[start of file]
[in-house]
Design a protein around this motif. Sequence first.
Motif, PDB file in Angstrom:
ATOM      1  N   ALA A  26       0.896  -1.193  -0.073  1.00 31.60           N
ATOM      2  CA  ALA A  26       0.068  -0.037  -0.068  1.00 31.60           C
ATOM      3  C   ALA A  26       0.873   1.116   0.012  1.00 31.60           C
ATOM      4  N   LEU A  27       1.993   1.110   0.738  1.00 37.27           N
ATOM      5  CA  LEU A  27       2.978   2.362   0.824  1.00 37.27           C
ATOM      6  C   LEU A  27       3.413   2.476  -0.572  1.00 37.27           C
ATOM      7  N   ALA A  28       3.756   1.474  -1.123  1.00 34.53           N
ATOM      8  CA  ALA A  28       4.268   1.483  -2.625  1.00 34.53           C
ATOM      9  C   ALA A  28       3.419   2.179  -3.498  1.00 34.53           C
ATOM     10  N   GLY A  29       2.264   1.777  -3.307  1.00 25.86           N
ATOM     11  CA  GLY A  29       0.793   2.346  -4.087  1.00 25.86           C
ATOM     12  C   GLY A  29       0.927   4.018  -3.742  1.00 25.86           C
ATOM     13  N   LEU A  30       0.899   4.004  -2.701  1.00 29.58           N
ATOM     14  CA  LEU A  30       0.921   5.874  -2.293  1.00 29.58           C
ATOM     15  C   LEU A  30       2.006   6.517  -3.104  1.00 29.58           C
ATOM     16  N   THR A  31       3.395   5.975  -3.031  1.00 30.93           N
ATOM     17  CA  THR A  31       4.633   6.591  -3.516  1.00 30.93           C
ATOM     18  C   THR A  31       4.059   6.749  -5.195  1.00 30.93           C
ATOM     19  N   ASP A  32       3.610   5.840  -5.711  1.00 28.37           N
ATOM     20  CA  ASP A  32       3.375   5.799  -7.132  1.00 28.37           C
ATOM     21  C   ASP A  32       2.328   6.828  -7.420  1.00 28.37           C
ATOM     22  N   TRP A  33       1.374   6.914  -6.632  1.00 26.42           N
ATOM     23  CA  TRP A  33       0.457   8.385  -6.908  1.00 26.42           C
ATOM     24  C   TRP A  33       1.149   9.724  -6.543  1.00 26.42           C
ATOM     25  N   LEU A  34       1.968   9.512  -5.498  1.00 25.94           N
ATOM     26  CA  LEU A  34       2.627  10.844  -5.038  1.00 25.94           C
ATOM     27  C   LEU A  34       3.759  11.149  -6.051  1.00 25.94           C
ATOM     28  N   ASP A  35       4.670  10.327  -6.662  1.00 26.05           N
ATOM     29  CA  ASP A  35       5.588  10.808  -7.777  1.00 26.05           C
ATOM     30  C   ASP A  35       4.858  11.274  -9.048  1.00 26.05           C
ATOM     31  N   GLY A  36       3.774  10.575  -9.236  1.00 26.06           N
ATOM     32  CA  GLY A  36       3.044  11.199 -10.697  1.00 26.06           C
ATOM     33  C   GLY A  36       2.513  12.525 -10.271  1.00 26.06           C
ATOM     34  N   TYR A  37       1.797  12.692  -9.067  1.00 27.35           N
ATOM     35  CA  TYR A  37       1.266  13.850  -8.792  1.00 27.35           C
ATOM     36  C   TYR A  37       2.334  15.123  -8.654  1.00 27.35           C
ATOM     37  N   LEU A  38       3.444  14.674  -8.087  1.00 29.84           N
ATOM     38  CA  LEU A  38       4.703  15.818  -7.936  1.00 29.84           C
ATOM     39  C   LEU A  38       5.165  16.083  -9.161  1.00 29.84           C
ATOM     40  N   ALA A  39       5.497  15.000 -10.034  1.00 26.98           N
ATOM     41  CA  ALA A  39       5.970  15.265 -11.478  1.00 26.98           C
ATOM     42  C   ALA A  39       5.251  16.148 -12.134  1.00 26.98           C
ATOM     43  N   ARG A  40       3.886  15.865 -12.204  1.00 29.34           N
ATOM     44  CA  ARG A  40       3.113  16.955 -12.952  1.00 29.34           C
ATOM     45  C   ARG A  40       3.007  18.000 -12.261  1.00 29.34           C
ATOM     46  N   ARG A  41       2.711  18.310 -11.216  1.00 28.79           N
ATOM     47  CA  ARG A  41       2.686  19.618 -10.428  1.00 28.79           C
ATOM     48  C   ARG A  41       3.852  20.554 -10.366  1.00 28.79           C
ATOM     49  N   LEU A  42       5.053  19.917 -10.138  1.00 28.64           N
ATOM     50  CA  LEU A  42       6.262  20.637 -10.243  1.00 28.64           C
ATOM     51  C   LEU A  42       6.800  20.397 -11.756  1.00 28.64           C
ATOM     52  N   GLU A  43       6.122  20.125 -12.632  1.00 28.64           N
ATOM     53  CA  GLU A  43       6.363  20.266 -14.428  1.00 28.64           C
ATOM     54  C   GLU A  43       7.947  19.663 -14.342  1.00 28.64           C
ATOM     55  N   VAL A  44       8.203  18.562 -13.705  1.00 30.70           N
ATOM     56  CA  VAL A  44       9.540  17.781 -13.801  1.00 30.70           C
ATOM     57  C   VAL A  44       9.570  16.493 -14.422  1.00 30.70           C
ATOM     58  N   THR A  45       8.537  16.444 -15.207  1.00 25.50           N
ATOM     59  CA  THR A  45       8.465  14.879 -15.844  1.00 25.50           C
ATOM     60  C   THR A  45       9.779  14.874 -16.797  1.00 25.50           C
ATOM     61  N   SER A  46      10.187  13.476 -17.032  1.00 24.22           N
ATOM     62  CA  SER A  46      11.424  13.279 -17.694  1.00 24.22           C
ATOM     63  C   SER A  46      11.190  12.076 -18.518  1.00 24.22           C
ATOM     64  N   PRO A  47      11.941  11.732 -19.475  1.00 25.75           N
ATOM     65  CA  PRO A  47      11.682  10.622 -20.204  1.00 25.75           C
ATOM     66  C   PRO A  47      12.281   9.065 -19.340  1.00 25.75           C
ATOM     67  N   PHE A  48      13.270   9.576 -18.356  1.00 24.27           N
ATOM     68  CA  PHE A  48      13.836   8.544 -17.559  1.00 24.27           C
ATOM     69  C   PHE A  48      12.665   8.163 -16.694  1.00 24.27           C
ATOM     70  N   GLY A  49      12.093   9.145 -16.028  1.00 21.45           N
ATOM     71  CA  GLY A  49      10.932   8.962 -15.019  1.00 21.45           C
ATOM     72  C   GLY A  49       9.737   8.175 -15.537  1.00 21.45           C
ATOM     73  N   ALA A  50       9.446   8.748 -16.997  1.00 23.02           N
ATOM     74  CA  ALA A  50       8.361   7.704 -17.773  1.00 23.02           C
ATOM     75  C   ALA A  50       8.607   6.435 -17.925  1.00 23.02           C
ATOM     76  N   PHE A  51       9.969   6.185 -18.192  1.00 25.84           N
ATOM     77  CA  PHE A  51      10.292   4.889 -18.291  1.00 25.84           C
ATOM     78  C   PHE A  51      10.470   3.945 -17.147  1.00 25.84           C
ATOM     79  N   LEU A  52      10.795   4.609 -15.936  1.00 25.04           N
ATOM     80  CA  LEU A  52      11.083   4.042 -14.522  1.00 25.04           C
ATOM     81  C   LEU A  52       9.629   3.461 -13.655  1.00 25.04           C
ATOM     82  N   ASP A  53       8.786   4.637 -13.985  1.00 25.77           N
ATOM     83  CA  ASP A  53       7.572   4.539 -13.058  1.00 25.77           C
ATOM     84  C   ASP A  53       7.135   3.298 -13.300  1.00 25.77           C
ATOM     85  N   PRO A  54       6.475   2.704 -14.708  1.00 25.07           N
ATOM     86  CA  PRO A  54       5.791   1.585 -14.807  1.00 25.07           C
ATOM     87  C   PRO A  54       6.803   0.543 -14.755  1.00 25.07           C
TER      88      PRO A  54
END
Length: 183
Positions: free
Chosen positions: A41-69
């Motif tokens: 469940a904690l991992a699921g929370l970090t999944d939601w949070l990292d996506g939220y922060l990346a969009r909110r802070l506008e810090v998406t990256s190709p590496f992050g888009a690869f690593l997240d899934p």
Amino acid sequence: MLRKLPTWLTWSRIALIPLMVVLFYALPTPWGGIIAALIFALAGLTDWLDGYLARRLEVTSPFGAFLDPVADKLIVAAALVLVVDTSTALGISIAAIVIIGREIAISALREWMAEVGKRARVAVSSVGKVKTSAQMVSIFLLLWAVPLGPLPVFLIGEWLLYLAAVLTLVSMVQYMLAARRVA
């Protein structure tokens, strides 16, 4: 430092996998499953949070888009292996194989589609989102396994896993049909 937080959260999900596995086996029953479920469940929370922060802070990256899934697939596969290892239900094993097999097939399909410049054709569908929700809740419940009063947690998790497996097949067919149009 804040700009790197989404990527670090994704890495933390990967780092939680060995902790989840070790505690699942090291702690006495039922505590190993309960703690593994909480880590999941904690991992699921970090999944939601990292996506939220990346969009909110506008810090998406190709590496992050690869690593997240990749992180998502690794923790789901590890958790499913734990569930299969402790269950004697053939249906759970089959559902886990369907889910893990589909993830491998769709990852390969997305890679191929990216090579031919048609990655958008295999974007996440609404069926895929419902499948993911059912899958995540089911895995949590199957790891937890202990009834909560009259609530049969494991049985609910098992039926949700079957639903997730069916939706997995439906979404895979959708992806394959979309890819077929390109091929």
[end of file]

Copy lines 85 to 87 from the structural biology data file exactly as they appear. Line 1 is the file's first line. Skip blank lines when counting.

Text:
ATOM     82  N   ASP A  53       8.786   4.637 -13.985  1.00 25.77           N
ATOM     83  CA  ASP A  53       7.572   4.539 -13.058  1.00 25.77           C
ATOM     84  C   ASP A  53       7.135   3.298 -13.300  1.00 25.77           C